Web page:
Factionalism Remains Nepal’s Largest Problem

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The term of Nepal’s Constituent Assembly ended on May 27 without the body having drafted a new constitution. Factional and inter-party disagreements over a handful of major issues led to the failure, and the same forces are still at work.

One hundred days later, there is no progress on constitutional issues and no parliament. (The CA served that function as well as drafting the constitution.) Without a parliament, appointments to the Supreme Court and government agencies such as the anti-corruption watchdog cannot be made, and ambassadorial berths cannot be filled – the interim constitution requires a parliamentary hearing for most appointments. No laws can be passed, and without a parliament to amend the interim constitution, just how parliament could be re-convened or new elections held is unclear.

And there is no agreed road map to get out of the mess. Talks were convened recently that aim at reaching agreement on the remaining major constitutional issues. With such consensus, reinstating parliament or calling a new election would perhaps be within the president’s constitutional powers. The interim constitution repeatedly calls for consensus decisions, and it also give the president some special powers.

But the parties are far from reaching agreement. So far from it in fact that they cannot even agree within their own ranks. The Maoists are the most unified party, but only because a significant faction split off in June and formed their own party. The Maoists say they could accept either reinstatement or elections, but only if the other parties concede their proposal for federal states divided by and named for specific ethnic groups.

This issue is the most divisive and largest of the unsettled constitutional questions. All political forces in Nepal except the few remaining royalists have agreed on federalism, but many politicians in the center-left and center-right parties think that ethnic states are impractical because they ignore basic economics and undesirable because they promote ethnic divisions rather than nationalism.

The UML favors either new elections or parliamentary reinstatement, depending on which leader you listen to and which day of the week it is. They can’t come to a real decision partly because of a general lack of principles and partly because of a minority faction of leaders who favor pure ethnic states. (The party position calls for a double-ethnic naming system, an awkward attempt to compromise.) The “rebellion” will be settled eventually, and perhaps then party will choose between the parliamentary options. Until then the UML presents an attractive target to the Maoists, who fan the flames to weaken their rivals and promote the ethnic-states plan.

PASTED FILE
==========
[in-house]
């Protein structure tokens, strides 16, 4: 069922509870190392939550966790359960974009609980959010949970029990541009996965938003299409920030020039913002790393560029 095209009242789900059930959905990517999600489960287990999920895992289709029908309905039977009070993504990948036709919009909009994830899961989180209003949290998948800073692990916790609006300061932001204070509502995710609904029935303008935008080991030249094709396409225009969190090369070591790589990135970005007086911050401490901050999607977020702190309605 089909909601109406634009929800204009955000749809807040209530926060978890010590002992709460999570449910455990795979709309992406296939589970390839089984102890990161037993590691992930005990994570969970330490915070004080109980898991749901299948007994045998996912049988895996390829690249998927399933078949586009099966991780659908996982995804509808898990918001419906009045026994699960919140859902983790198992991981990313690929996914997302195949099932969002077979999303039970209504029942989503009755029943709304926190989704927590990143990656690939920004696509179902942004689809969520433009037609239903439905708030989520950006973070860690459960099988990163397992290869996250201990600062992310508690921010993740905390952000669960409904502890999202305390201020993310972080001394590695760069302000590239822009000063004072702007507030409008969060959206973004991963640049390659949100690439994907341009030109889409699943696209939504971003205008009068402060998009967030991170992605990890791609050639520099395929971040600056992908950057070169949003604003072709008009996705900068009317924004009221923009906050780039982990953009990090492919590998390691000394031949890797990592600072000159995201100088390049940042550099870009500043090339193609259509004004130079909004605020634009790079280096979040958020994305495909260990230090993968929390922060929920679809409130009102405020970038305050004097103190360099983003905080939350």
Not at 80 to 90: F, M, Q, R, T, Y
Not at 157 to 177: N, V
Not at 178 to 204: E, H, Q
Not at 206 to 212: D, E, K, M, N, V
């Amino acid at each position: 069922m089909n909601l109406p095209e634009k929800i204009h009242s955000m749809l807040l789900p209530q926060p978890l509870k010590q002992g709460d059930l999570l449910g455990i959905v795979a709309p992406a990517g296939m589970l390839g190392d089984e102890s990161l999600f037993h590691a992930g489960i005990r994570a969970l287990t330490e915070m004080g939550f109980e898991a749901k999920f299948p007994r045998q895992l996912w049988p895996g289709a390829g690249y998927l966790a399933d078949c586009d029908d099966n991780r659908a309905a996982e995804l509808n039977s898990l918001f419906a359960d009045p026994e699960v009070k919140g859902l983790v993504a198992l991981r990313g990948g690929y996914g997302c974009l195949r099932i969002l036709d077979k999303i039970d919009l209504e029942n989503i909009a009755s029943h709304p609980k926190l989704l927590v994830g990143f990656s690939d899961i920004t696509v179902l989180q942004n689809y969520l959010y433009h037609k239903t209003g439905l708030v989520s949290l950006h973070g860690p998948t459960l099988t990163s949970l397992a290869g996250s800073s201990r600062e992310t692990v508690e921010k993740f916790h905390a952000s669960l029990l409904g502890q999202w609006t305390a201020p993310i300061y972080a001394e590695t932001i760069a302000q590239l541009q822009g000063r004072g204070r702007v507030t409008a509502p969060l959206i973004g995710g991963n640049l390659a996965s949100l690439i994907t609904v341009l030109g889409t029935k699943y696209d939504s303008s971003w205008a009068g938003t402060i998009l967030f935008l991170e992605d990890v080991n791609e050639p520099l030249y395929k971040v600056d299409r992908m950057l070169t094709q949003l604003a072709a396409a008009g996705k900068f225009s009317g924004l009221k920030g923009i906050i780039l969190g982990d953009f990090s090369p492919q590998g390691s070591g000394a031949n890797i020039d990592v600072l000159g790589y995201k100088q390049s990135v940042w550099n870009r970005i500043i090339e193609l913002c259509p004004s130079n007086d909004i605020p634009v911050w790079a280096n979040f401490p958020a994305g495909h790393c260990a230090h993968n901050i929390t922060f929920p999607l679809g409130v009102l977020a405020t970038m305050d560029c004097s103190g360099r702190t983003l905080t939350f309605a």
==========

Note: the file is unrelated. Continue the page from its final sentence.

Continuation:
The Congress party is in even worse condition. Per the terms of a spring agreement with the government, Congress expects to head the next administration. The top three leaders in the party all desperately want the post, and none is willing to cede to the others. The three favor, variously, the double-ethnic proposal and a slightly different arrangement of states and borders with geographical rather than ethnic identities.

Critically though, all the constitutional issues are less important to the Congress leadership than who gets tipped to be the next prime minister. The party will not be a significant force in consensus on the federal map or any other constitutional issue until they patch up their three factions and negotiate with unity.

And without consensus on at least some of the issues, neither parliamentary reinstatement nor new elections will happen, even if each party managed somehow to reach a decision on which option it favors.

John Child is The NewsBlaze Nepal Correspondent, a journalist in Kathmandu who writes about goings-on in and around Nepal and her neighbors.